Capacity Management has a close relationship with many of the other processes. These are detailed below.
Capacity Management contributes to Financial Management predominantly via the Capacity Plan. The Capacity Plan describes and financially quantifies the resources required to deliver the committed level of service. Where there is a need to acquire new resources, Capacity Management predicts how much additional resource will be required and at what point in time. This allows Financial Management to budget for the cost of the new resources. During the budget year, as new resources are needed, Capacity Management will be instrumental in providing the justification for the actual purchase in terms of size, time and cost.
Service Level Management
The feedback that the Capacity Manager receives from business representatives in respect of their business plans and forecasts needs to be considered with the service level requirements gathered by the Service Level Manager. Capacity Management must therefore take into consideration the service level requirements when forecasting the resources needed to support new and growing services. The relationship works both ways, however. When the Service Level Manager is discussing service level requirements with the business, the capacity and performance requirements are costed by Capacity Management so that the business can make an informed decision regarding the balance between performance and cost. This is the control mechanism that prevents the business from asking for or demanding ever increasing levels of performance from the IT systems.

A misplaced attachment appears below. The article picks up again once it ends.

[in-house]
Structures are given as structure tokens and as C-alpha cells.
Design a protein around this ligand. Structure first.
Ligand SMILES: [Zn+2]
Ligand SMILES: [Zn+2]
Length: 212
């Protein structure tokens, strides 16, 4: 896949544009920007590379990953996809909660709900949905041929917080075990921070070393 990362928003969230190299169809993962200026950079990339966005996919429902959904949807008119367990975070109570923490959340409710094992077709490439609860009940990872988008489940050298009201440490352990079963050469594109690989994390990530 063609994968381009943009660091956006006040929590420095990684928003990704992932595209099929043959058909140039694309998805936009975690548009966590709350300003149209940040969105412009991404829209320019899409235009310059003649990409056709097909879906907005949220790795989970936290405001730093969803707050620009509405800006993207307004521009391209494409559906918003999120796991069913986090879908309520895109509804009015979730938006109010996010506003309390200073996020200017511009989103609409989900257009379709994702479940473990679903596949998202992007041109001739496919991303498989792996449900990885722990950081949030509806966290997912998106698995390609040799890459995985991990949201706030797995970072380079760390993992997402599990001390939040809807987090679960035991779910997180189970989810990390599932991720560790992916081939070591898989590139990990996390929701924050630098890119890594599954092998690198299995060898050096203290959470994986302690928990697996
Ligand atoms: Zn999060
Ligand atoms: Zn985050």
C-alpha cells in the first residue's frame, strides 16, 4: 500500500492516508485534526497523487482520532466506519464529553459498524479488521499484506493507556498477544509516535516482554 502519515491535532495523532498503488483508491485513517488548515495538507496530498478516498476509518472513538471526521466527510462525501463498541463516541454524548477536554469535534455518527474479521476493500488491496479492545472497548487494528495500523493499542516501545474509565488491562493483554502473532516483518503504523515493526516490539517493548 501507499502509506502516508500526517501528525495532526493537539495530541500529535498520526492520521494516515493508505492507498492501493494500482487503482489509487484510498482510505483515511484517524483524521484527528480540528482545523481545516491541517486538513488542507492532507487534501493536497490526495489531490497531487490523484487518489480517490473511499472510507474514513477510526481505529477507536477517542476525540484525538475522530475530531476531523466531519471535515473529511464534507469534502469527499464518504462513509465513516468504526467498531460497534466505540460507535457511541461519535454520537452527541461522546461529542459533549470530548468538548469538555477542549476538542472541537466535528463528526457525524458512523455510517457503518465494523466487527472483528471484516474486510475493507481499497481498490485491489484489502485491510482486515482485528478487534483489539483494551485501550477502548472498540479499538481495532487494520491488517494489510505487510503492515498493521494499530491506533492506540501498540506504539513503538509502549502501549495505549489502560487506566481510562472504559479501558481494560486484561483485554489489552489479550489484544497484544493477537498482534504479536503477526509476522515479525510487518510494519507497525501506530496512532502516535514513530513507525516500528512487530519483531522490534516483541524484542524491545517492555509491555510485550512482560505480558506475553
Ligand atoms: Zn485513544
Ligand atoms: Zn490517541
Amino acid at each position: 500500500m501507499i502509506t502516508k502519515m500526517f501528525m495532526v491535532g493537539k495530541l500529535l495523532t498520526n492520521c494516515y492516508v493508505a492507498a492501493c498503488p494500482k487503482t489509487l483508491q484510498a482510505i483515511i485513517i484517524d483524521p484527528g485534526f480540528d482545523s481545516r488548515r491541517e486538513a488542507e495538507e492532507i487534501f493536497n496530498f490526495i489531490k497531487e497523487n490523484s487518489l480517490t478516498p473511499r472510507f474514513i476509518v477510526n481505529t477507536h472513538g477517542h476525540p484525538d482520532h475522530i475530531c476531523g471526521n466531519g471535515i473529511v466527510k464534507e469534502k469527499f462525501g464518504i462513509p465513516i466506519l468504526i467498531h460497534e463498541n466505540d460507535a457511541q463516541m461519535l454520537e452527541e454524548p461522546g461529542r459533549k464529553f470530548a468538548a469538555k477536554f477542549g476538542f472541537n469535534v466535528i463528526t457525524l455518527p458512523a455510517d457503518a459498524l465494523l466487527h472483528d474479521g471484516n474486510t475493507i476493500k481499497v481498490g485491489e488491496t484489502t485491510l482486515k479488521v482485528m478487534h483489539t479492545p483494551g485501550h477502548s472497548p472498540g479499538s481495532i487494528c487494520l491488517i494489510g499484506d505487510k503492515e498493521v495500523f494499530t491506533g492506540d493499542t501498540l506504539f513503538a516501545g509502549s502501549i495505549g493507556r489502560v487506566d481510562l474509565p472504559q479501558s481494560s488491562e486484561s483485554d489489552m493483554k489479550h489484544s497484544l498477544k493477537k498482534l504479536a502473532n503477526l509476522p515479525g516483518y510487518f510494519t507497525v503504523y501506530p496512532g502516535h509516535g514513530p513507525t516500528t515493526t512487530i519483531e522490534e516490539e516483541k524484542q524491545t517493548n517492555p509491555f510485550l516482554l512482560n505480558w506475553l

Demand Management works closely with and supports Capacity Management in several ways:
• By helping to understand Patterns of Business Activity and user profiles, Demand Management helps Capacity Management more accurately predict and plan for the consumption of resources for new users.
• By finding ways to smooth out peak loads, Demand Management helps Capacity Management make the most cost-effective use of existing resources and helps to defer the purchase of new resources.
• During times of peak load, Demand Management can dynamically throttle usage to maintain service levels, for example by restricting the number of concurrent users of an online system to protect response times.
IT Service Continuity Management
Capacity Management contributes to the Service Continuity Management process by sharing plans and modeling output to help ensure that the alternative facilities provided by Service Continuity Management remain in line with the live environment and can continue to provide contingency in the event of being invoked.
Change and Release Management
The introduction of new resources to maintain appropriate levels of capacity and performance is managed through both Change Management and Release and Deployment Management. These processes manage the impact of the change on other CIs. Likewise, Capacity Management supports Change Management by looking at the capacity and performance implications of the planned change and ensuring adequate capacity exists to accommodate subsequent deployment of the corresponding release.
Service Asset and Configuration Management
Service Asset and Configuration Management provides the information about CI status, specification and relationships that is clearly vital to Capacity Management activities such as modeling, planning and forecasting.
Capacity Management supports Availability Management because a shortage of capacity in a resource or service can impact availability.
Capacity Management obviously supports Incident and Problem Management where issues are capacity related.
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